“Morning, how are you? So you’re struggling with your knee? Ok, let’s take a look, pop up on the couch.
Right, what I suggest for the time being is some anti-inflammatories and gentle exercise. It’s better to avoid those drill wielding hospital doctors for as long as possible. It’s a bit of a slippery slope once you embark on the surgical route. Let’s see if time and patience will do the trick.
Hello again, no better? Physiotherapy for you then I think. They can work wonders.
Still no better? Righto, let’s get an X-ray sorted and we’ll get you off to the orthopaedic guys, to see if they can help. There are a number of possibilities and treatment options depending on X-ray and scan results, let’s see what they say.”
So, this is option one. This is what goes on in every GP surgery, every week of the year, but let’s take a look at the parallel universe of the British Orthopaedic Association.
“Morning, how are you? So you’re struggling with your knee? Ok, let’s get an MRI and ask the orthopaedic surgeons to see you.
REALLY??? Are you serious?
General Practice and Practitioners are becoming inured to the constant barrage of abuse and approbation from politicians and the media, but there is a particularly offensive sting to ill-considered criticism from colleagues, who frankly should know better than to throw stones in their secondary care glasshouses.
The phrase, “…….if GPs are doing their job properly….” has a wonderfully arrogant and patronising ring to it don’t you think? And as for, “………performance of this investigation (MRI) replaces the traditional medical skills of history taking and physical examination of the patient…”, well frankly, words fail me.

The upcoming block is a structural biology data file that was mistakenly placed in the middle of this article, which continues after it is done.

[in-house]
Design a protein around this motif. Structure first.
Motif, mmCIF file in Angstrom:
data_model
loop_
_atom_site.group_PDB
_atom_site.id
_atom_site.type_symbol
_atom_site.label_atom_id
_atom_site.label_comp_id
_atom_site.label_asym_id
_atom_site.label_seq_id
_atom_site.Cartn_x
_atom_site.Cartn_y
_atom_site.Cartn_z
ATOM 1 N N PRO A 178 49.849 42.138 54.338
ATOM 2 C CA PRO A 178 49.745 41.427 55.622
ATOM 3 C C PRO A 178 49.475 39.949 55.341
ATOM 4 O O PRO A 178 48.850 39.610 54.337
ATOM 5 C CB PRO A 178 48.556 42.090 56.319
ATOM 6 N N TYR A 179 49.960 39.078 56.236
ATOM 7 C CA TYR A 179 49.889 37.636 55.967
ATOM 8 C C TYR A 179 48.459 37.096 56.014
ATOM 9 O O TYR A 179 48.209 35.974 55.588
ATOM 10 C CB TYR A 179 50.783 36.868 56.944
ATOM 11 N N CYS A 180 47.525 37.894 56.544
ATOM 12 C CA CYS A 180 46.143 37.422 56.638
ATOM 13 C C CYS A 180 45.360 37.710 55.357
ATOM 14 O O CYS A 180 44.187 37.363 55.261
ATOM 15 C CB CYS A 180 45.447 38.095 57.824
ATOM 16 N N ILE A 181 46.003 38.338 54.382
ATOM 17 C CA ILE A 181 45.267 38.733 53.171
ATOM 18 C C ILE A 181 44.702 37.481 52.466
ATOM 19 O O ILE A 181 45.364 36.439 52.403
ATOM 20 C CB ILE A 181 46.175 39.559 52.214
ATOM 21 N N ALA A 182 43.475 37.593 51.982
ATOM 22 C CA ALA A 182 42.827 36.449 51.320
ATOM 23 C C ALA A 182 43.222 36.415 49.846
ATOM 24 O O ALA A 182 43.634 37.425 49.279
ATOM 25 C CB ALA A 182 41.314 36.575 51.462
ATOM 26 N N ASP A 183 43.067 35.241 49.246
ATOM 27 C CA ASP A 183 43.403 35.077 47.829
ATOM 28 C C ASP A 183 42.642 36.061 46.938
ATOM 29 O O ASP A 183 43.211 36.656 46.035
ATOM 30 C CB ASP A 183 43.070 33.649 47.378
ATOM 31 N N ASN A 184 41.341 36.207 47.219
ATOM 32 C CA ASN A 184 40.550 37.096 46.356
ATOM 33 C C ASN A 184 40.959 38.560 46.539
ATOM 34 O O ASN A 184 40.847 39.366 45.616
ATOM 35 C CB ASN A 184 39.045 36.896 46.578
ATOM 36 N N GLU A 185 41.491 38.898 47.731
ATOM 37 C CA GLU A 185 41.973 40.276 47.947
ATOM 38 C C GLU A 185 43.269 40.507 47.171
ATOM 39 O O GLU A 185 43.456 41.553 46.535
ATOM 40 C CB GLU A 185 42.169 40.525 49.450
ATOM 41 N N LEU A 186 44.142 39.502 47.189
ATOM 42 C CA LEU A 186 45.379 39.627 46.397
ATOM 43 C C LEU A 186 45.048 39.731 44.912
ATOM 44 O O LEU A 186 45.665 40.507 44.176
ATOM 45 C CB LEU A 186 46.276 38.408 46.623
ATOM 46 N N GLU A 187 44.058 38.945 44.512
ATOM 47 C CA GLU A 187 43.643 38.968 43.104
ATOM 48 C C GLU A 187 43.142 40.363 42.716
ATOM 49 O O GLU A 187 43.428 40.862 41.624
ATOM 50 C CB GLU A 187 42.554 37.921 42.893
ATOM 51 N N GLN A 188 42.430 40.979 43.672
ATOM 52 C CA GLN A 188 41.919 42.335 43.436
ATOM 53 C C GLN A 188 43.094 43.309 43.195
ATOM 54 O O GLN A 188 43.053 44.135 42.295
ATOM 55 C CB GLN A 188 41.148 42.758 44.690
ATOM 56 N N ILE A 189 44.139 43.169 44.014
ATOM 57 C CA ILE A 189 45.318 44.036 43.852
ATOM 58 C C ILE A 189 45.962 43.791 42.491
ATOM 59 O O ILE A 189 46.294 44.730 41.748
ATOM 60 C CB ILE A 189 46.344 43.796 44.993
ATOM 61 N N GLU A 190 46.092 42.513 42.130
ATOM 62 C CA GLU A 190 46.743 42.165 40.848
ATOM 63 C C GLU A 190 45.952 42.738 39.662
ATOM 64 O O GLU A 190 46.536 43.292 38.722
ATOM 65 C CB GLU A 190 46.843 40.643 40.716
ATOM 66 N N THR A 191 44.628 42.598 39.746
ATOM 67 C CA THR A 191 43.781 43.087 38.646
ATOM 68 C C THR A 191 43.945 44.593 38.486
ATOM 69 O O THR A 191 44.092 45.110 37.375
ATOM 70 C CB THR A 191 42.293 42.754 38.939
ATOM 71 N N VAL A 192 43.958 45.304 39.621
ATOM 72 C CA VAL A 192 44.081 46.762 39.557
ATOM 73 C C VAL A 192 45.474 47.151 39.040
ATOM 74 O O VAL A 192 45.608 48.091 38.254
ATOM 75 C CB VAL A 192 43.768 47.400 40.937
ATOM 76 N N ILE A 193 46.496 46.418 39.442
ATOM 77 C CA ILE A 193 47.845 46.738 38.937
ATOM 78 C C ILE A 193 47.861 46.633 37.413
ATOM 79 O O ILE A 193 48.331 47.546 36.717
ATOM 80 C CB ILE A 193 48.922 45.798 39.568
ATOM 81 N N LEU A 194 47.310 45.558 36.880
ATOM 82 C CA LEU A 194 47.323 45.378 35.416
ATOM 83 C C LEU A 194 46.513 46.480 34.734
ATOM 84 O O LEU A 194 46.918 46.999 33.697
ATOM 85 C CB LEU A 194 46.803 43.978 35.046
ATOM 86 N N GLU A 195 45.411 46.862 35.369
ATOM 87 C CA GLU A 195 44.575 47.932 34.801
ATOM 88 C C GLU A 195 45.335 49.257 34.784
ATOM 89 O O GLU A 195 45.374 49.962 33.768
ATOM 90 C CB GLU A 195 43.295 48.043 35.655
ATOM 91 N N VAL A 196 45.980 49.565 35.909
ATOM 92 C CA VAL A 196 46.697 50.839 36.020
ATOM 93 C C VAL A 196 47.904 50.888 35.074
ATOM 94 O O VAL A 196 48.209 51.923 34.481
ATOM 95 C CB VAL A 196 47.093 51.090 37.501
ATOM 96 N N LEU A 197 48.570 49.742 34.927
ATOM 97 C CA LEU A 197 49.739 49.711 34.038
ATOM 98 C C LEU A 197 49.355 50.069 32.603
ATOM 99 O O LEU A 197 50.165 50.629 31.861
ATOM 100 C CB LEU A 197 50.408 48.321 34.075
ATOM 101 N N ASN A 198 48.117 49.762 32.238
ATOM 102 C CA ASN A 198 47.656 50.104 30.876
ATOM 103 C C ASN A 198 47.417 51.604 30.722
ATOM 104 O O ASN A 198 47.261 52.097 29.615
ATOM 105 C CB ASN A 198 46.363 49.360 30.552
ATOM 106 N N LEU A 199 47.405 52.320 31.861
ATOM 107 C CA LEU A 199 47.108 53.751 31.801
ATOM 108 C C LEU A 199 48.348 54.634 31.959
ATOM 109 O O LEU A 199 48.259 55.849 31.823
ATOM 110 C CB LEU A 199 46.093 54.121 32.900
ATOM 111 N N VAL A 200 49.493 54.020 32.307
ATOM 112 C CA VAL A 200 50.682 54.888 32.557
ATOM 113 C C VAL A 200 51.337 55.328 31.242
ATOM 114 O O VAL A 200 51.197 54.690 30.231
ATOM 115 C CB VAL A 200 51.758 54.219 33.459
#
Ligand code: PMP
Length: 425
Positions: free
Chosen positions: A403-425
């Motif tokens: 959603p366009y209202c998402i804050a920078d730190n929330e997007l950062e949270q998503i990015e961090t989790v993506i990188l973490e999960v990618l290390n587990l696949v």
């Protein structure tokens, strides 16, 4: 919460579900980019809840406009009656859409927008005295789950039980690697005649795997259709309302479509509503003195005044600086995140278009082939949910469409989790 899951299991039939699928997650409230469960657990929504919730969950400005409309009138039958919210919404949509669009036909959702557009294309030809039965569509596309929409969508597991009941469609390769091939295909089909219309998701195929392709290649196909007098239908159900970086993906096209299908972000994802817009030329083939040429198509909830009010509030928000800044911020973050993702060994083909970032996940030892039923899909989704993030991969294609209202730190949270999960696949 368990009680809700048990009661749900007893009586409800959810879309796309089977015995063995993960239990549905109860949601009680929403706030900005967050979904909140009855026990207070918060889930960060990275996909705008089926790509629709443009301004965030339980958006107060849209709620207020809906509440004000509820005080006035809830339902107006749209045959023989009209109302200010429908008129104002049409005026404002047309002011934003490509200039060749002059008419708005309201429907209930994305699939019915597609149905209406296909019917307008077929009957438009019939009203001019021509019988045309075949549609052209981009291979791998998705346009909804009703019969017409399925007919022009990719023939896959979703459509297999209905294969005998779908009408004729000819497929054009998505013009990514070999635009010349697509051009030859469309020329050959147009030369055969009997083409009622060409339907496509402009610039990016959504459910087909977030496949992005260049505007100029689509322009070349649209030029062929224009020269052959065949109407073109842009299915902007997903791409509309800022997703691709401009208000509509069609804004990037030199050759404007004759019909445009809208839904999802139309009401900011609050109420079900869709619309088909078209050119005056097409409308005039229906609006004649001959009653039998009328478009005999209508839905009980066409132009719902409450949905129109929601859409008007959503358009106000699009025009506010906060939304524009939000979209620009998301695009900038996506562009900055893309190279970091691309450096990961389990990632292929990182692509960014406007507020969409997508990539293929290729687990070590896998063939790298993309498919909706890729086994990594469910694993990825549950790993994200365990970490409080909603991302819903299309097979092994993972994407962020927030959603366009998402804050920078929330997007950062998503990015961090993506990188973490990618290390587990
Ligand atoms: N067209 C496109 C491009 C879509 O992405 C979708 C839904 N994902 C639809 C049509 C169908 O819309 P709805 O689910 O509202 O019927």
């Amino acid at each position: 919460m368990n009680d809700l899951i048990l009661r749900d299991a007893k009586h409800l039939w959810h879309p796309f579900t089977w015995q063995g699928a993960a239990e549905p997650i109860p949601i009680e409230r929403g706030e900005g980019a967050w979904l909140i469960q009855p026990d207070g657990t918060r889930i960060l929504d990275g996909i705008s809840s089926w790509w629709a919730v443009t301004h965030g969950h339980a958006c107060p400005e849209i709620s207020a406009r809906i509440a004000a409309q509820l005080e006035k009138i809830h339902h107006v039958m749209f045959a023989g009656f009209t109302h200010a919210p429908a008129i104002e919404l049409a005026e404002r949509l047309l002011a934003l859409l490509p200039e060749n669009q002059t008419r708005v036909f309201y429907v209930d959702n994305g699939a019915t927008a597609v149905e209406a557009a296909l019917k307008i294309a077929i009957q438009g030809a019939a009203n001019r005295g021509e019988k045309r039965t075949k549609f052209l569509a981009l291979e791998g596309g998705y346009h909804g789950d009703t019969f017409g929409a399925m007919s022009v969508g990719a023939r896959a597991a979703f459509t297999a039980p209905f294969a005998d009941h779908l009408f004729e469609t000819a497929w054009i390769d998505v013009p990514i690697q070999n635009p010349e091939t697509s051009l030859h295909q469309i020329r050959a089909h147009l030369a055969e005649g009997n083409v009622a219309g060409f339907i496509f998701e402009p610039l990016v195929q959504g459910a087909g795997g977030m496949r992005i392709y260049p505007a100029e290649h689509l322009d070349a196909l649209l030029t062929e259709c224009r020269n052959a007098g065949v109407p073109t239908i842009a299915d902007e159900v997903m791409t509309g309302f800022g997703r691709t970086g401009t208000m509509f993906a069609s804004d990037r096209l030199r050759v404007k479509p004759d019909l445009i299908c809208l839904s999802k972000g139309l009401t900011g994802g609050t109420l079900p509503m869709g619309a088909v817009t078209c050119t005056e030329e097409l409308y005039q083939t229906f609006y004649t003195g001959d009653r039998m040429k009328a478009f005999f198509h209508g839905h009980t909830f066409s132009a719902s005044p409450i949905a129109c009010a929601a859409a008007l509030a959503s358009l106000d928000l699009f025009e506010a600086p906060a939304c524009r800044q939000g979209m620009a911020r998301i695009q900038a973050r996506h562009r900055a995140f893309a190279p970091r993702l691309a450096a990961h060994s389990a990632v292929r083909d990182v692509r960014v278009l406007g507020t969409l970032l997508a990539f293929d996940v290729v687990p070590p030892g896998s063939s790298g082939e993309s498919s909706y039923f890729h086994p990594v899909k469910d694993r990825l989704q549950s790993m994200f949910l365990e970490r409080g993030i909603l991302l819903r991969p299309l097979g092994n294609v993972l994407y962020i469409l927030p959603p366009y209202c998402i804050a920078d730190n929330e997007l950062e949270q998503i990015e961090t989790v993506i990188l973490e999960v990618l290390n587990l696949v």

General Practice effectively manages the vast proportion of clinical presentations without the need to refer to secondary care. Those that are referred are done because further management is beyond the clinical expertise of the referrer, hence transition to the supposed ‘specialist’.
But it appears not. Orthopaedic surgeons are apparently incapable of utilising “the traditional medical skills of history taking and physical examination of the patient”. Nor are they able to deal effectively with patient expectation. No, instead it appears it’s the GPs fault for not managing the patients properly in the first place.
If we listen carefully outside the orthopaedic clinics, we will hear the bleating cries of the poor little lambs, “we didn’t want to do an arthroscopy, those nasty GPs made us do it.”